Windows In Brussels

Another one of my shots from my short trip to Europe. This one was taken in Brussels, Belgium at the “Grand Place”, which is kind of the central market square. It was late and the sun had set, but there was a little bit of light left in the sky. I had to shoot at ISO 1600 and a wide open aperture just to get the shot off. Even then, I could only get the shutter speed down to 1/15 seconds. I shot handheld, but I got down on one knee and rested my elbow on the other knee. I also shot at the shortest focal length to help hide any camera shake. All in all, it turned out okay. But it would have been really really nice to have a tripod with me.

Windows in Brussels

The JPEG of this photo (1) wasn’t too bad, but it was a little clipped on both ends of the histogram and it seemed over saturated too. The RAW conversion (2) had a better dynamic range and the colors weren’t as overbearing. The color still didn’t thrill me, so I went black & white (3) with the Adobe Photoshop CS3 black & white adjustment layer set to 168% red, 10% yellow, -23% green, 300% cyan, -48% blue, and 123% magenta. This gave pretty good contrast in the sky and in the building. Then I did an initial curves adjustment layer (4) with an “S” curve to increase the contrast. I did a little bit of masking by hand to get the clouds looking better here too. Then I did another curves adjustment layer (5) to bring the midtones up a bit for more contrast — and again more masking by hand. The last step was a sharpening (6) with the unsharp mask. This actually made the sky much grainier than it had looked before, but I liked it so I left it in.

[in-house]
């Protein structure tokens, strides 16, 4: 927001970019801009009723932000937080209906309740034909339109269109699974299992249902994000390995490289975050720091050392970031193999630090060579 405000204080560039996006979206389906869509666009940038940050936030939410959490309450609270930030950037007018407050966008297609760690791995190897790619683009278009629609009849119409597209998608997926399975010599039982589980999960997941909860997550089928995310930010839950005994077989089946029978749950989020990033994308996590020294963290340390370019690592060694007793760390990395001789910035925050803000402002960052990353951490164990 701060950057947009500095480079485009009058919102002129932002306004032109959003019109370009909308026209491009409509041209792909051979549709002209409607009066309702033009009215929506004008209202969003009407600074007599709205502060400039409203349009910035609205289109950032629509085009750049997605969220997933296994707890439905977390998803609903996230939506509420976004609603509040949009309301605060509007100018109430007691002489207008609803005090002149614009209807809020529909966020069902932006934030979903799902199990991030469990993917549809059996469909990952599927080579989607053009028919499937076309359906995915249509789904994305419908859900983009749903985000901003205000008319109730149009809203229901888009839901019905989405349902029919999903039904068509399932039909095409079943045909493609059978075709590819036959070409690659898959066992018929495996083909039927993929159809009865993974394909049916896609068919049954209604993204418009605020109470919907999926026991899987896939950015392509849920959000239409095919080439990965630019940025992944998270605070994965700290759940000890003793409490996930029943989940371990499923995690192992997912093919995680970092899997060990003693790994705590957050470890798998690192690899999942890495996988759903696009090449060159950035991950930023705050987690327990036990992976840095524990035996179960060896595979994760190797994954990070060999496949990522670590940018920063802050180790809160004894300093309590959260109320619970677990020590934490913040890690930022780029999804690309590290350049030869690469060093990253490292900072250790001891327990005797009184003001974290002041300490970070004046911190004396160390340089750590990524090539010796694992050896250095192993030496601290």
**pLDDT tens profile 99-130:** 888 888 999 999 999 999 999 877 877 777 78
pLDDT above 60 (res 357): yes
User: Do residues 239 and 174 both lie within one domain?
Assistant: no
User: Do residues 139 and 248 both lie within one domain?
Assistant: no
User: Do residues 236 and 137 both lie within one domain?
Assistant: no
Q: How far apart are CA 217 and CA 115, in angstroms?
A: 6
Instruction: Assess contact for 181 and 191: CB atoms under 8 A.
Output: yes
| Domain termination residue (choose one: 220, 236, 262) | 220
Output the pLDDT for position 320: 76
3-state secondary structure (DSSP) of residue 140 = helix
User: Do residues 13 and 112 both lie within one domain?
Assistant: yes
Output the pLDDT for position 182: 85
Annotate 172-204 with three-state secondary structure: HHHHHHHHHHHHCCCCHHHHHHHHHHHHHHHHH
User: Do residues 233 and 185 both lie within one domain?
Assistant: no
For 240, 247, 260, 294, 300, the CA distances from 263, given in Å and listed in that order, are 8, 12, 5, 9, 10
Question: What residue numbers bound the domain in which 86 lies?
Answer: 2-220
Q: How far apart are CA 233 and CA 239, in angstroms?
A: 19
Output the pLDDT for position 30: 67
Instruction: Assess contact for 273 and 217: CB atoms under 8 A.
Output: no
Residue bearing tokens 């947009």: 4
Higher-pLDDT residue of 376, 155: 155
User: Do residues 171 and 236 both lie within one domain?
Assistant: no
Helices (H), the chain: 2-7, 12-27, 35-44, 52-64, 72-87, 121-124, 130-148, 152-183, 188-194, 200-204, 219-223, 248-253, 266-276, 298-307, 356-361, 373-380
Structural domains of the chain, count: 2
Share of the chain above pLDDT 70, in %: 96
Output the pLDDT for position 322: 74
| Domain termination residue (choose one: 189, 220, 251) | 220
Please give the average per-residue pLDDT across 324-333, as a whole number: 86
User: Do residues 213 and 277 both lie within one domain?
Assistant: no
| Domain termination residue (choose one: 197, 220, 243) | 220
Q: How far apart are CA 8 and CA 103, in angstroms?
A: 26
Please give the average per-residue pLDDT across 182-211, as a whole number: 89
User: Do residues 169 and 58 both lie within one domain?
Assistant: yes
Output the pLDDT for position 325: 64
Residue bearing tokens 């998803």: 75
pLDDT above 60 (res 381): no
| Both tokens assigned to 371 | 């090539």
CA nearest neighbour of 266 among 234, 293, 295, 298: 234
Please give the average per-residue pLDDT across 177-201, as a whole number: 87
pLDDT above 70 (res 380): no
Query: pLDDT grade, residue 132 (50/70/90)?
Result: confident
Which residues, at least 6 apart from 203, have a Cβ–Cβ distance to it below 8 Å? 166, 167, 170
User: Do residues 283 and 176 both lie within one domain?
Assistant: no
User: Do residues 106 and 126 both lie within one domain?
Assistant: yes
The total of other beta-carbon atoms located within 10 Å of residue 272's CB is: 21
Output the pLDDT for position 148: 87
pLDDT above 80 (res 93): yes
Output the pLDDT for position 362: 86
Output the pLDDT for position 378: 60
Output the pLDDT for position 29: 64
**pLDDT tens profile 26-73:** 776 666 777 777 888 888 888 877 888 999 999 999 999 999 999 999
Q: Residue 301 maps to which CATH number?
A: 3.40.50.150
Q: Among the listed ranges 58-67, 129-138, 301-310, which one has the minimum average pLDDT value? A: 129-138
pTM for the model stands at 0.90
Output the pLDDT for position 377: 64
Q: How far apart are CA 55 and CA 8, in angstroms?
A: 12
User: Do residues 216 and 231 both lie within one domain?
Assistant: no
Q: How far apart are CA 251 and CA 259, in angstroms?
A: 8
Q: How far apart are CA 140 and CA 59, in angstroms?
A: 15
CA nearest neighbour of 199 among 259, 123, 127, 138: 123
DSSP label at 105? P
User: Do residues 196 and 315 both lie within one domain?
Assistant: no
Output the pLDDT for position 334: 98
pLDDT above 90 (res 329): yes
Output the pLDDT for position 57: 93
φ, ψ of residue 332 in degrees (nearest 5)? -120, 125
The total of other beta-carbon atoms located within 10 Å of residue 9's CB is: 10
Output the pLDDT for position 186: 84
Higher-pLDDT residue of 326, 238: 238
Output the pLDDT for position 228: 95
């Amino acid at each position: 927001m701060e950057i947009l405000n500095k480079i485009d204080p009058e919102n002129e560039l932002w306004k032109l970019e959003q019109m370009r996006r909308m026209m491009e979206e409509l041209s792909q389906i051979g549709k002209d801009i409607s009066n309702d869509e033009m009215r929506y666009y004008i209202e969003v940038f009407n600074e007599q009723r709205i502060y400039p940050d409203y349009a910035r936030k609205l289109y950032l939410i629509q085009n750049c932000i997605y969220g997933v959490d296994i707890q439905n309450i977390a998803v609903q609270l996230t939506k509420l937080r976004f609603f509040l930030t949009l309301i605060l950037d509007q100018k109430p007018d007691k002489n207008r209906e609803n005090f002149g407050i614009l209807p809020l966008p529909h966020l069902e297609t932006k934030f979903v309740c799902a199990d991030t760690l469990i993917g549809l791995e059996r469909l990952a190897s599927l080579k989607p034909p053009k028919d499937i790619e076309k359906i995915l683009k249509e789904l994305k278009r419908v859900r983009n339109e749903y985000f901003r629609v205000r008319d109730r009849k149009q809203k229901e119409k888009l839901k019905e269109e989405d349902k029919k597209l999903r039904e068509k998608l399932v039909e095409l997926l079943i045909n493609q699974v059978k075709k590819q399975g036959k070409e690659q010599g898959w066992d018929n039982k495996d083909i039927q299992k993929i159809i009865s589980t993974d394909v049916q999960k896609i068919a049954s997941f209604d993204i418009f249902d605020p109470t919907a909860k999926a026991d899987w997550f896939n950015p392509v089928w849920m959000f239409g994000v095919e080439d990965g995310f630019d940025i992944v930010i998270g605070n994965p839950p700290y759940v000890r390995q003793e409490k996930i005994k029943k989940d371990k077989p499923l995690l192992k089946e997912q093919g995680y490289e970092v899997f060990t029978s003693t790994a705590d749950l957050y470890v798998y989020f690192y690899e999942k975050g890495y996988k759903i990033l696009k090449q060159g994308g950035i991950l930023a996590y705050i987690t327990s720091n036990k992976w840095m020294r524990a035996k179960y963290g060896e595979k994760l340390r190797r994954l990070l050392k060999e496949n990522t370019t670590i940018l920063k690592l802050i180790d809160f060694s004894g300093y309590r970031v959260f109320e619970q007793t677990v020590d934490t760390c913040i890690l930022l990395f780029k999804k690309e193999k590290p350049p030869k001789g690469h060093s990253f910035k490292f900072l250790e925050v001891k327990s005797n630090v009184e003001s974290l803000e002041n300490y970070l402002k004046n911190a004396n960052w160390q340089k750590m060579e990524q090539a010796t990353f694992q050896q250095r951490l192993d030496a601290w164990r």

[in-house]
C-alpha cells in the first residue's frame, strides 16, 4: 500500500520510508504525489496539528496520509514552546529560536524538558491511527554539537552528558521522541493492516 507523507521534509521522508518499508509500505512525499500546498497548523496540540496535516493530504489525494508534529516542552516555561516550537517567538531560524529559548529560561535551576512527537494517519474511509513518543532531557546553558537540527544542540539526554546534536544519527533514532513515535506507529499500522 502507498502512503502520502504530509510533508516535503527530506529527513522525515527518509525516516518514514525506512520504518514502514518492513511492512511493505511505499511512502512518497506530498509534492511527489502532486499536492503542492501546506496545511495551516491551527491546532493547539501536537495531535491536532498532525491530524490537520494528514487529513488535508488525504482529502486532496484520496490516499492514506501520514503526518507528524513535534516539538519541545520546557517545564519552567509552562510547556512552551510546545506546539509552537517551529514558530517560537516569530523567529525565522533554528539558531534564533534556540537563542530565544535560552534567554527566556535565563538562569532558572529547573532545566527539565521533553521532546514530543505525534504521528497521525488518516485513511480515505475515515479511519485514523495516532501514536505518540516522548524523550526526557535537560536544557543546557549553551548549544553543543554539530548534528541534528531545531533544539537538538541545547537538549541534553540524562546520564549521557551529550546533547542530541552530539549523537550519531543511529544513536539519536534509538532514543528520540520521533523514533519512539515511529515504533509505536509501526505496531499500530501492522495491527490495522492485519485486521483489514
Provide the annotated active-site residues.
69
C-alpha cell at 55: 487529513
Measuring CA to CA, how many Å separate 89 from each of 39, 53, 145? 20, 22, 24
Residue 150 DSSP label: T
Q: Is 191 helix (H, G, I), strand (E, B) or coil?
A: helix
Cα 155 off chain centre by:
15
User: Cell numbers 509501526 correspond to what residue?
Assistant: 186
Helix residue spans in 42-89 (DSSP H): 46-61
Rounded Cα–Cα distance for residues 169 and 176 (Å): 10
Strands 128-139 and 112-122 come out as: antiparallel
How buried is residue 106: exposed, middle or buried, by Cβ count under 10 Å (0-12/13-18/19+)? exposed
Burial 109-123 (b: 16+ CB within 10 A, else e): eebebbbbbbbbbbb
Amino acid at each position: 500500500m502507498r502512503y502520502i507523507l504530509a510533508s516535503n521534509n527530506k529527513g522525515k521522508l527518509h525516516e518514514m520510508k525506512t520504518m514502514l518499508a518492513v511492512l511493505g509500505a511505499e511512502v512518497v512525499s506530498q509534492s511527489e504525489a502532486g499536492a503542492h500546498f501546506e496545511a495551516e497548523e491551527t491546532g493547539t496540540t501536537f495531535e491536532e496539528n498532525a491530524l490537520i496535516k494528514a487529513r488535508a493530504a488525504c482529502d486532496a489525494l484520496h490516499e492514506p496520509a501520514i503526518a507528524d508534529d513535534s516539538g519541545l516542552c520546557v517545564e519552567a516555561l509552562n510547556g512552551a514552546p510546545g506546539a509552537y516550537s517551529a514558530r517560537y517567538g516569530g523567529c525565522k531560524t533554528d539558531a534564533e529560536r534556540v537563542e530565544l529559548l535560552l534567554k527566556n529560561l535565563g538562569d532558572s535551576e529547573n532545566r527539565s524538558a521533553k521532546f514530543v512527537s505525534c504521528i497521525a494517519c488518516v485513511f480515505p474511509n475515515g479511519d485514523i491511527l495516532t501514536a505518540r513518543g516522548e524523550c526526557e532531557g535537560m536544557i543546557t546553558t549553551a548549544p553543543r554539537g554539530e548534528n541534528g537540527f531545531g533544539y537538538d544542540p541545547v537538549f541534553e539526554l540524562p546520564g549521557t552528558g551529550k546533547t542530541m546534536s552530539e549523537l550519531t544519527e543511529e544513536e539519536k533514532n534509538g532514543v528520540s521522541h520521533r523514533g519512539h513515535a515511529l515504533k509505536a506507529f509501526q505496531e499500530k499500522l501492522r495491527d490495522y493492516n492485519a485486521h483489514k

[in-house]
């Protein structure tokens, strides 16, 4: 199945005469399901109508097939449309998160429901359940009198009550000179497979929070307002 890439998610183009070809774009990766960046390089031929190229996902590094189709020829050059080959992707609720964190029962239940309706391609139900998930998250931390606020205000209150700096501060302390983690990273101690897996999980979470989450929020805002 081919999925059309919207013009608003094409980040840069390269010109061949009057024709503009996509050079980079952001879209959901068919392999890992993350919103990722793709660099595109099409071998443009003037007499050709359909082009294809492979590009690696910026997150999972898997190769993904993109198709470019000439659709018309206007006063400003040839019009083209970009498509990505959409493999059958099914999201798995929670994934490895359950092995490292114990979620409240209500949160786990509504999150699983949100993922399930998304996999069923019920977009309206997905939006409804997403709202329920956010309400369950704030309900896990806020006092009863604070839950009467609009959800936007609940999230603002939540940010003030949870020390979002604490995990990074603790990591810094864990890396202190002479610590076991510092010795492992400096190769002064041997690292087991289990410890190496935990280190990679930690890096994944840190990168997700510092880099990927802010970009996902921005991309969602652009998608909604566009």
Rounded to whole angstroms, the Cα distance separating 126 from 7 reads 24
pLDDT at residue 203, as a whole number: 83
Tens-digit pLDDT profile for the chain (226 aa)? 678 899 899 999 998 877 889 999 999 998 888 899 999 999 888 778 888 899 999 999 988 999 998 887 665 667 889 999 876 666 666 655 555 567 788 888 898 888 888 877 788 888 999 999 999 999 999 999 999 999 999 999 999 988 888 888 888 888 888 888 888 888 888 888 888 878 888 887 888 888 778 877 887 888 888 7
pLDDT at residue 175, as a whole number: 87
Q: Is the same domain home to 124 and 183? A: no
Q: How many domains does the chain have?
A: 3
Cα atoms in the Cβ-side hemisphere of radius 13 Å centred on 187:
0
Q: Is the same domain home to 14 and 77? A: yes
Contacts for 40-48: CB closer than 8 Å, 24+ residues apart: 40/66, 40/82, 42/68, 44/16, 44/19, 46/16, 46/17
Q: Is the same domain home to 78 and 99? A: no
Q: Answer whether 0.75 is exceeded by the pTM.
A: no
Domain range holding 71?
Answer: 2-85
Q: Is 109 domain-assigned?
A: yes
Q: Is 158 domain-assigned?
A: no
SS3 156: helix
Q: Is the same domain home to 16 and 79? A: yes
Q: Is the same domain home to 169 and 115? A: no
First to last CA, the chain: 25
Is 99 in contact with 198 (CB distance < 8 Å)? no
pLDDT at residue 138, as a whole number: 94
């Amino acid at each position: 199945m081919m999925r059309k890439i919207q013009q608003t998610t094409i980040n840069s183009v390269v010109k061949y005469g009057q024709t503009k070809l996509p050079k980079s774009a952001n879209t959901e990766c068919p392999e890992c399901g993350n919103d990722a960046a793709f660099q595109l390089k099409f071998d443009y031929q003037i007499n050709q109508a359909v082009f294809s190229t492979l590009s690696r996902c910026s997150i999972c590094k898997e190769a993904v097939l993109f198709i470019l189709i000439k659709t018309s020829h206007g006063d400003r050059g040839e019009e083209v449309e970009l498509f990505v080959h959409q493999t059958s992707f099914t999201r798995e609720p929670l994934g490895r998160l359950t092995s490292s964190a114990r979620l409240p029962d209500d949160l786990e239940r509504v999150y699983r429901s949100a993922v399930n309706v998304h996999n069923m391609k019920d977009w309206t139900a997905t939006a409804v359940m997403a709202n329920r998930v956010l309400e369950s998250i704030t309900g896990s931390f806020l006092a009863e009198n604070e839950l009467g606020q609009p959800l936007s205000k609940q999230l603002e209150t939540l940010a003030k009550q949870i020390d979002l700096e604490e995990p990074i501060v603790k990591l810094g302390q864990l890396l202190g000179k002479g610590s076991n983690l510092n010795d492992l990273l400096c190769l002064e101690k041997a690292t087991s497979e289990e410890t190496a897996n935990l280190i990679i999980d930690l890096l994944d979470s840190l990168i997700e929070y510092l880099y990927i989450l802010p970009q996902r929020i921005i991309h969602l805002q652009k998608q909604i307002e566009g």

Windows in Brussels

Photo by Brian Auer
03/07/07 Brussels, Belgium
Windows in Brussels
Konica Minolta Maxxum 7D
Konica Minolta AF DT 18-200
27mm equiv * f/3.5 * 1/15s * ISO1600

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About Brian Auer

a photography enthusiast from North Idaho. He's also the guy behind the Epic Edits Weblog. As a hobbyist photographer since 2003, his passion has been to constantly improve his photography skill set, to share his own knowledge with others, and to become an integral part of the photographic community.

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